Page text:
1. Situational Awareness and Response: Private data can help NGOs, humanitarian organisations and others better understand demographic trends, public sentiment, and the geographic distribution of various phenomena:
  • One notable instance of this value proposition has been Facebook’s Disaster Maps initiative. Following natural disasters, Facebook shares aggregated location, movement, and self-reported safety data collected through its platform with responding humanitarian organisations, including the International Federation of Red Cross and Red Crescent Societies (IFRC), United Nations International Children’s Emergency Fund (UNICEF), and the World Food Programme (WFP).

Disaster Maps provide another tool in the humanitarian response toolkit to fill any gaps in traditional data sources and to inform more targeted relief efforts from responders on the ground. MORE

Stefaan Verhulst

20 February, 2018

This is the first of two blogs on Data Collaboratives by Stefaan G. Verhulst of The Governance Lab. Data Collaboratives are an emerging public-private partnership model, in which participants from different sectors come together to exchange data and pool analytical expertise. Their potential is great, offering new solutions to old problems and making International Civil Society Organisations more effective. (Read Part II here)

The need for innovation is clear: The twenty-first century is shaping up to be one of the most challenging in recent history. From climate change to income inequality to geopolitical upheaval and terrorism: the difficulties confronting international civil society organisations (ICSOs) are unprecedented not only in their variety but also in their complexity. At the same time, today’s practices and tools used by ICSOs seem stale and outdated. Increasingly, it is clear, we need not only new solutions but new methods for arriving at solutions.

Data will likely become more central to meeting these challenges. We live in a quantified era. It is estimated that 90% of the world’s data was generated in just the last two years. We know that this data can help us understand the world in new ways and help us meet the challenges mentioned above. However, we need new data collaboration methods to help us extract the insights from that data. MORE

Claudia Juech

13 February, 2018

If you do an internet search for ‘data-driven disruption’ you can find articles about almost every industry being disrupted by digitalisation and new applications of data. Banking, transportation, healthcare, retail, and real estate, all have seen the emergence of new business models fundamentally changing how customers use their services. While there are instances of data-driven efforts in the nonprofit sector, they are not as widespread as they can be. Bridgespan Group estimated in 2015 that only 6% of nonprofits use data to drive improvements in their work.  

At the same time, the Sustainable Development Goals (SDGs) have set a very ambitious global change agenda and we won’t be able to meet their targets by doing business as usual. To achieve the SDGs requires new ideas across the board: new solutions, new sources of funding, new ways of delivering services and new approaches to collaborating within and across social, public and private sectors.   MORE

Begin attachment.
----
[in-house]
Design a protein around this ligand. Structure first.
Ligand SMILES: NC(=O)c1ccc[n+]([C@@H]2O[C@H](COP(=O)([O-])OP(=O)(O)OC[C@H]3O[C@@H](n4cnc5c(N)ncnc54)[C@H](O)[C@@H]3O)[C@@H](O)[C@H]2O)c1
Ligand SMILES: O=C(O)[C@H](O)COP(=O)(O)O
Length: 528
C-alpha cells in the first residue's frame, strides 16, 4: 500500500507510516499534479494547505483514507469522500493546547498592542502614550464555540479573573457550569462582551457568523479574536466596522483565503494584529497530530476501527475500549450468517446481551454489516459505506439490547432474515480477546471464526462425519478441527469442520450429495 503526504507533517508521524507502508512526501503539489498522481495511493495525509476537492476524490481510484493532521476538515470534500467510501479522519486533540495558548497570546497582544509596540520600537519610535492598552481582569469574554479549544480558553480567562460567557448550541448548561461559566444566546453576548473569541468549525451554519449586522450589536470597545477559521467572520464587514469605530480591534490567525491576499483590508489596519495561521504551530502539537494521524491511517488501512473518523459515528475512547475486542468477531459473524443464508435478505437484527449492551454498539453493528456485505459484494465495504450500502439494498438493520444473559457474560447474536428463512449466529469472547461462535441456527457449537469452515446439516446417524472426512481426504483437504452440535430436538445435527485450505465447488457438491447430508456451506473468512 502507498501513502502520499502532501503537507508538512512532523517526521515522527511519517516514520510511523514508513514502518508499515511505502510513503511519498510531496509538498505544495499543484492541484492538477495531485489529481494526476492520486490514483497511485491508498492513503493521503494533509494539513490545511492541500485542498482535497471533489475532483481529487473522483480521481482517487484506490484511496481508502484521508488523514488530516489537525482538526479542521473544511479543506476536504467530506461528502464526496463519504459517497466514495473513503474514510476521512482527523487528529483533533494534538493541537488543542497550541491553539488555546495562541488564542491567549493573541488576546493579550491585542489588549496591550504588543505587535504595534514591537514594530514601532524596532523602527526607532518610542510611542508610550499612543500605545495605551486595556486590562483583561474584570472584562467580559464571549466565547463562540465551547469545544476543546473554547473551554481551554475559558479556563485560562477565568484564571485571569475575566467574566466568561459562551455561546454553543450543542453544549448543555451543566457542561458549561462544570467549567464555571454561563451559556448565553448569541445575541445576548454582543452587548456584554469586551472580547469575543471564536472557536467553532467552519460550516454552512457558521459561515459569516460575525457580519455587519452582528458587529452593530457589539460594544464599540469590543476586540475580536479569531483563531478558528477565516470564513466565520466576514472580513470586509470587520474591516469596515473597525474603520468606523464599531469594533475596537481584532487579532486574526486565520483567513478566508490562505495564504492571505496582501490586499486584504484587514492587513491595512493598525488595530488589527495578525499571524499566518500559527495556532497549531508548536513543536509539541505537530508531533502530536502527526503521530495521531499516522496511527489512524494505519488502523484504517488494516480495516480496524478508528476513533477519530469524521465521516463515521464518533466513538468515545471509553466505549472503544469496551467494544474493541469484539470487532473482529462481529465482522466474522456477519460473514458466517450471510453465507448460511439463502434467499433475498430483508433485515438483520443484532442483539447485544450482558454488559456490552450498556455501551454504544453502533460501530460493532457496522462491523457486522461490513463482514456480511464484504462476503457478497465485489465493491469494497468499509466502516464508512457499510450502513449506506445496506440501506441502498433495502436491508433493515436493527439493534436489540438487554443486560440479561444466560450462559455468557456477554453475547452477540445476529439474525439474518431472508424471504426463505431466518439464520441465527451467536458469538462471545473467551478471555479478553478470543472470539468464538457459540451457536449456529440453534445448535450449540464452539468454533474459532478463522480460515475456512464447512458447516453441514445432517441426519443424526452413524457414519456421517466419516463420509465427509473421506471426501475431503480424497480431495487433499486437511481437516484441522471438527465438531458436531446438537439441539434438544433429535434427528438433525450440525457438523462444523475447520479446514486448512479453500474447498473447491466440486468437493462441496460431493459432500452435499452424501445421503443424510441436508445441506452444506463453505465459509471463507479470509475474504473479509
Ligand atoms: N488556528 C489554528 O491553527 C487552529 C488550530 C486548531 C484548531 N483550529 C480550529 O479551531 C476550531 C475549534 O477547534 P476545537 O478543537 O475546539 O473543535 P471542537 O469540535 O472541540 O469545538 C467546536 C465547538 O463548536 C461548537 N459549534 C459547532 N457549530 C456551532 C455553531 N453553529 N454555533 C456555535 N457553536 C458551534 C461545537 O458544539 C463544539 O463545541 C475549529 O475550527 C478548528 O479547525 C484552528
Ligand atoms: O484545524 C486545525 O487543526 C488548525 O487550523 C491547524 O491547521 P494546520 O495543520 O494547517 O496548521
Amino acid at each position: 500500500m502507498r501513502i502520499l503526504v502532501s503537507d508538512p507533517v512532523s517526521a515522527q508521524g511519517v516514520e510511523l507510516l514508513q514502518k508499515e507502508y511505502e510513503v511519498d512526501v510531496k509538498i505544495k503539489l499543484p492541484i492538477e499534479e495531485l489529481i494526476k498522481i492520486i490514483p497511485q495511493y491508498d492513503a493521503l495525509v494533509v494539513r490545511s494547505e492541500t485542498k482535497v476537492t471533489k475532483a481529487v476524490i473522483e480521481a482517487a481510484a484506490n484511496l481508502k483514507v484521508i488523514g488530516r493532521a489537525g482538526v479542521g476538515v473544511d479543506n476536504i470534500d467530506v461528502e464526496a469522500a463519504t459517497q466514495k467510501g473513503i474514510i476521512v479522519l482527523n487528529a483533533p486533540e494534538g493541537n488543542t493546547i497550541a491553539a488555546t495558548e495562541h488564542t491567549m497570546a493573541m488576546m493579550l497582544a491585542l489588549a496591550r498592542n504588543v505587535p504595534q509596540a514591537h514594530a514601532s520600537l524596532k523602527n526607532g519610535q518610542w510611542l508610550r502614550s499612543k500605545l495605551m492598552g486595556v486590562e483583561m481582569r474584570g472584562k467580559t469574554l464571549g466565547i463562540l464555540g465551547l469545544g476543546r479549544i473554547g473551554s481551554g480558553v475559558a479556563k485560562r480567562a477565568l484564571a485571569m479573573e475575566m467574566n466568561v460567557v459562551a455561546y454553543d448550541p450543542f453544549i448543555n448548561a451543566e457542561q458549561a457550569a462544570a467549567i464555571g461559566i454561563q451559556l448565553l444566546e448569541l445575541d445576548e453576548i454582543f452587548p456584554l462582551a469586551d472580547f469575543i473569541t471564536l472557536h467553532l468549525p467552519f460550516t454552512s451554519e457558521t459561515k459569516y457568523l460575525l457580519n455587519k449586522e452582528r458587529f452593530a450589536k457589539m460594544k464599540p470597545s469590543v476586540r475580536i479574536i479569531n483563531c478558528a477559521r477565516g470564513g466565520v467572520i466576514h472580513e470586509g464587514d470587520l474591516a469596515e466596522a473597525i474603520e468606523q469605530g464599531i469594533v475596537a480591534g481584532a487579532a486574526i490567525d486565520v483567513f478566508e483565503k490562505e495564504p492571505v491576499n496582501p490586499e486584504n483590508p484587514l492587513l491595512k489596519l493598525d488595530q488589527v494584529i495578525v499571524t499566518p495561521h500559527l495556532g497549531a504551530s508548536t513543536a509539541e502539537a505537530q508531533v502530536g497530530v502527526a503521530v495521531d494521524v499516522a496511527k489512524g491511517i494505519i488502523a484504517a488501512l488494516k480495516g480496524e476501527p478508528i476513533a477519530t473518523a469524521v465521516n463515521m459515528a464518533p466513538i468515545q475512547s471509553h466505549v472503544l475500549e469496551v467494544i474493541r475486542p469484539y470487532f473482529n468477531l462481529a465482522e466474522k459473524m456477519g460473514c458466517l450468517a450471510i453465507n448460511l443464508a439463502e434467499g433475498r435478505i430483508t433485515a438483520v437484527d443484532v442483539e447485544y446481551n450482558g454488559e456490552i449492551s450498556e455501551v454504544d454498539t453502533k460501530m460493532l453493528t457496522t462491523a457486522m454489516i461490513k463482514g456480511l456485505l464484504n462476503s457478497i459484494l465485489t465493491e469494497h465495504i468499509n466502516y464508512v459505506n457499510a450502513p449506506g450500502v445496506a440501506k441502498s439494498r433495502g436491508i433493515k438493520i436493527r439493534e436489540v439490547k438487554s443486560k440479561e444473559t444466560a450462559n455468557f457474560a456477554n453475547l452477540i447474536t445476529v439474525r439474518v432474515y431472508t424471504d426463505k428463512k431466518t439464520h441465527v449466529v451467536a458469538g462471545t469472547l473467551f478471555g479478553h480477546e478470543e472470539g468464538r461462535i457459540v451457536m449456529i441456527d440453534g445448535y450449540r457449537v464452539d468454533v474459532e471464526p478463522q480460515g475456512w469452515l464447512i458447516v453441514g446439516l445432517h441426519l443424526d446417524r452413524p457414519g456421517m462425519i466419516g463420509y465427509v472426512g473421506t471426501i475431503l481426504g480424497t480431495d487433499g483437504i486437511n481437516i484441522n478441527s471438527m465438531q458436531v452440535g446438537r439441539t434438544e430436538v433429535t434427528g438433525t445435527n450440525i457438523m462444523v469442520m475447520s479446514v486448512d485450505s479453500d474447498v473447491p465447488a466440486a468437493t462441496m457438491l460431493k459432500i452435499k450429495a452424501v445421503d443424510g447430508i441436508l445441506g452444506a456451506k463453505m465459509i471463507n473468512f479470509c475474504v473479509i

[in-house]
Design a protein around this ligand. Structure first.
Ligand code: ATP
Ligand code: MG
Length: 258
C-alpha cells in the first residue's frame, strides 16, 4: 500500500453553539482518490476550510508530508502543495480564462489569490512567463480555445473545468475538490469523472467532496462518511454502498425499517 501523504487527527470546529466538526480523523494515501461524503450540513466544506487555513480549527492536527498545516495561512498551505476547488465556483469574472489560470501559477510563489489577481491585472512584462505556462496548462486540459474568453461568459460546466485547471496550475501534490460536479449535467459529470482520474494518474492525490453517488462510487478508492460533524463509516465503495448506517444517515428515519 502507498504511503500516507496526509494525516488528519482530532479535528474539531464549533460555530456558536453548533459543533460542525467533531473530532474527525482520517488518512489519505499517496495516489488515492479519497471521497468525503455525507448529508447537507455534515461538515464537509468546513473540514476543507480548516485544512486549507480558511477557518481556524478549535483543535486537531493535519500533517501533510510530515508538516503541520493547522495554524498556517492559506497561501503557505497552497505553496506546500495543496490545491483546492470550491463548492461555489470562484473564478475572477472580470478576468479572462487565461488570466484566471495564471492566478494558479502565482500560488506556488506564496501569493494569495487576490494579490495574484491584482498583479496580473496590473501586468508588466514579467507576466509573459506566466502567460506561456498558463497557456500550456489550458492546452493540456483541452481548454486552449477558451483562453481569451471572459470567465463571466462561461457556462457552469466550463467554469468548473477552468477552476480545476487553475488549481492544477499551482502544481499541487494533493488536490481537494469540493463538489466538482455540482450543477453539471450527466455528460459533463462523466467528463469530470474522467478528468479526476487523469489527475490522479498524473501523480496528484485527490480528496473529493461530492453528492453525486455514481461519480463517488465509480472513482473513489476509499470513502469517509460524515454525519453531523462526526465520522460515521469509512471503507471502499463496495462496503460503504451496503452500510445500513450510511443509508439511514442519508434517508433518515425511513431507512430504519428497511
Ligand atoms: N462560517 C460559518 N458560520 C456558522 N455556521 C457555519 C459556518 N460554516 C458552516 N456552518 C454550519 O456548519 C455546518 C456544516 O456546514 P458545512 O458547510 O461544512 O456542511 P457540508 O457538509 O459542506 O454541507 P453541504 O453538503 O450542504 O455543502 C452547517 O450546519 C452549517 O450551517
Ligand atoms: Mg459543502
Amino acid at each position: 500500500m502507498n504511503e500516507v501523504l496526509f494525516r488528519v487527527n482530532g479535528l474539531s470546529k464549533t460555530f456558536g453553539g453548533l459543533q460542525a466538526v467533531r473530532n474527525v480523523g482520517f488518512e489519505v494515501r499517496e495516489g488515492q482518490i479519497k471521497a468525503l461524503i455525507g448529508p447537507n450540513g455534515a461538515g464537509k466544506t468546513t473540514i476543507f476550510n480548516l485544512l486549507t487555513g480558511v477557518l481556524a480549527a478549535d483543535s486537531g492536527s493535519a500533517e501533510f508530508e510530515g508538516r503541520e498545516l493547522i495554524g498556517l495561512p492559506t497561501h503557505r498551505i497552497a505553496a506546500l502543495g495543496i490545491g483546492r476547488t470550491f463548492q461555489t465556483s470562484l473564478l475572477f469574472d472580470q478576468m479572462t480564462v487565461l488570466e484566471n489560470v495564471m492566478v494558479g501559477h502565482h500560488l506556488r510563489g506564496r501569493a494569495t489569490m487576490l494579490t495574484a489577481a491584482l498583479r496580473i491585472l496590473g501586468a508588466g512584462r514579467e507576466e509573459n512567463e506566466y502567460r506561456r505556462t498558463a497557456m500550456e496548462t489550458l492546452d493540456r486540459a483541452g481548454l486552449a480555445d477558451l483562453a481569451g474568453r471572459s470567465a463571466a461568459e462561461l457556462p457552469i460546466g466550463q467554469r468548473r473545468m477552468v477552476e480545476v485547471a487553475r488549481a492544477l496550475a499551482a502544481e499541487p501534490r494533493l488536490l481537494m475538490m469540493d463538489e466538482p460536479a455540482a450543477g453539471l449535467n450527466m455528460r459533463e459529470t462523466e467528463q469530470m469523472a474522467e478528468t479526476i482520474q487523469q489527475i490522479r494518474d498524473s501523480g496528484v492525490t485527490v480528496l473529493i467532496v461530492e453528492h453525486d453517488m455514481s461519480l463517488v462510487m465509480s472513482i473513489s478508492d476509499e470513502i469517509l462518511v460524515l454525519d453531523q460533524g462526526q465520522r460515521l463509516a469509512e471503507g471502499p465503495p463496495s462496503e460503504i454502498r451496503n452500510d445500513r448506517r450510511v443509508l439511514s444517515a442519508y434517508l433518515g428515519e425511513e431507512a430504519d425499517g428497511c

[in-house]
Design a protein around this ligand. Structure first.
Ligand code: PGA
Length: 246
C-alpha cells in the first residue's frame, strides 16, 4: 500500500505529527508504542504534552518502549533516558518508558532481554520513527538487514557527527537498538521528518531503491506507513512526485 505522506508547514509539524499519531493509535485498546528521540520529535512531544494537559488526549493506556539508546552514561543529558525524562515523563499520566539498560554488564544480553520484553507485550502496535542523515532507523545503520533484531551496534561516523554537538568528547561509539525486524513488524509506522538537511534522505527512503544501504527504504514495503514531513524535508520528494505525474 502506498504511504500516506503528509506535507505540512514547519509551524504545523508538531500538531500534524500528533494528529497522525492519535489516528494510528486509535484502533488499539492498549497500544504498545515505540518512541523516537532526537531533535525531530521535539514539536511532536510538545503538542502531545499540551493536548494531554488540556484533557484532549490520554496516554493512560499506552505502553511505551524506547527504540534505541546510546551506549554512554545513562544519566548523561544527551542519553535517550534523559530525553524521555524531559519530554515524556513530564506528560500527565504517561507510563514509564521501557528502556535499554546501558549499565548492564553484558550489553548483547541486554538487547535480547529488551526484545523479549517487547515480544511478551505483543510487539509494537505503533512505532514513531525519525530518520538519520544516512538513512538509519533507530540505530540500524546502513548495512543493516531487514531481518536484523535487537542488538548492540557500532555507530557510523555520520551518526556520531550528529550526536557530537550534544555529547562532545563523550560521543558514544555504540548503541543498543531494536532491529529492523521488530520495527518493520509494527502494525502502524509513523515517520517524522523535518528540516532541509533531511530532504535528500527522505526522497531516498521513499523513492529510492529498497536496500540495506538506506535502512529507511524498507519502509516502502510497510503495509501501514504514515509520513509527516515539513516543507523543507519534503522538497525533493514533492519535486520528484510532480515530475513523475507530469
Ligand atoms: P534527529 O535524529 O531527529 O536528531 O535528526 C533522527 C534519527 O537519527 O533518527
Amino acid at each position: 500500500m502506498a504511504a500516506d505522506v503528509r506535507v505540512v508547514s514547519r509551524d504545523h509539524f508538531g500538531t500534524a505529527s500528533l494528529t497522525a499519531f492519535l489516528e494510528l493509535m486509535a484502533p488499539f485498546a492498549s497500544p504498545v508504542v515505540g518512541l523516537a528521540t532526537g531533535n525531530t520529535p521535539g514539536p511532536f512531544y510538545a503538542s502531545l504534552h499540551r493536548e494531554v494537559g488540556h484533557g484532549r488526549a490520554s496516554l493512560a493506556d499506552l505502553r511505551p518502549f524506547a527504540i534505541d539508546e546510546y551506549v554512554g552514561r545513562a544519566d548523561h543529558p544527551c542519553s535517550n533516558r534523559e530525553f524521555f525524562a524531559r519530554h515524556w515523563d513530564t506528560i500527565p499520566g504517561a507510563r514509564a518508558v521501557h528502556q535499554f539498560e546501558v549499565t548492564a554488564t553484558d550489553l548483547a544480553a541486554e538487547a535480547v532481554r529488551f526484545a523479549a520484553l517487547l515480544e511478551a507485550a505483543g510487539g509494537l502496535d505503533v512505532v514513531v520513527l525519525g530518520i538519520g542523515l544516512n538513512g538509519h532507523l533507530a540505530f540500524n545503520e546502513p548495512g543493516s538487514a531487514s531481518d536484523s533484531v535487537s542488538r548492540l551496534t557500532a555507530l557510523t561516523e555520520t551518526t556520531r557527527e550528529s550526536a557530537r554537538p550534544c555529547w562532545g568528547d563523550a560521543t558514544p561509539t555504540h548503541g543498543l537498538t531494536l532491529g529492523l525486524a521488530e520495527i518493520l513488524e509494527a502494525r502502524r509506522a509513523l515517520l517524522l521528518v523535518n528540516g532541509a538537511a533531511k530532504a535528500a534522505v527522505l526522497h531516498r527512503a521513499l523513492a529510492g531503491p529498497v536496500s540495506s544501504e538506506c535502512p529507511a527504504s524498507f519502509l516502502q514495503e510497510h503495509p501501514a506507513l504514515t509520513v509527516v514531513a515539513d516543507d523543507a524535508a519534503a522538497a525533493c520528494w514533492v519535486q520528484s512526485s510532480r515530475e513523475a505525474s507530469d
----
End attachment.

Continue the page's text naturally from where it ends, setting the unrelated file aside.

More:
Duncan Cook

6 February, 2018

Chapter 1: The Internet 

Today I read a journal article about the charity sector reaching a ‘digital tipping point’. My immediate thought was, “It’s 2018 and we have to ask ourselves is the civil society sector only now talking about a ‘digital tipping point'”.

The introduction of the internet and its plethora of services, knowledge sharing and mass communications has changed humanity for good and for bad. 

I don’t think it’s too much of a stretch to say the charity sector missed the opportunity to truly use this new and exciting platform for good, yes there are some good exceptions. However, in general, we missed a big opportunity, instead, we let the commercial world dominate the direction and were left simply as consumers of those services and platforms.   MORE

Thomas Howie

30 January, 2018

The International Civil Society Centre is hosting its second Innovators Forum on 27-28 February 2018. The Forum will explore the benefits and possible uses of Blockchain and Big Data in the civil society sector. Before the Forum, guest authors will dive into specific examples or innovations around digitalisation and digital technology, in this week’s blog we want to give a brief overview of the main terms and some examples of their uses.

Many CSOs around the world have realised the potential linked to both Blockchain and Big Data and are currently experimenting with how these technologies can support their work.

Big Data – what is that?

The term Big Data refers to extremely large datasets that can be analysed for trends and correlations by connecting different data on a large scale. Due to the size and complexity of the data sets used, new links and patterns can be uncovered. This means that problems that were previously not possible – or simply too complex! – to explain can now be tackled. Most CSOs work with Big Data to improve knowledge about marginalised or ignored groups of people and to identify better ways to serve them. Here are three examples how: MORE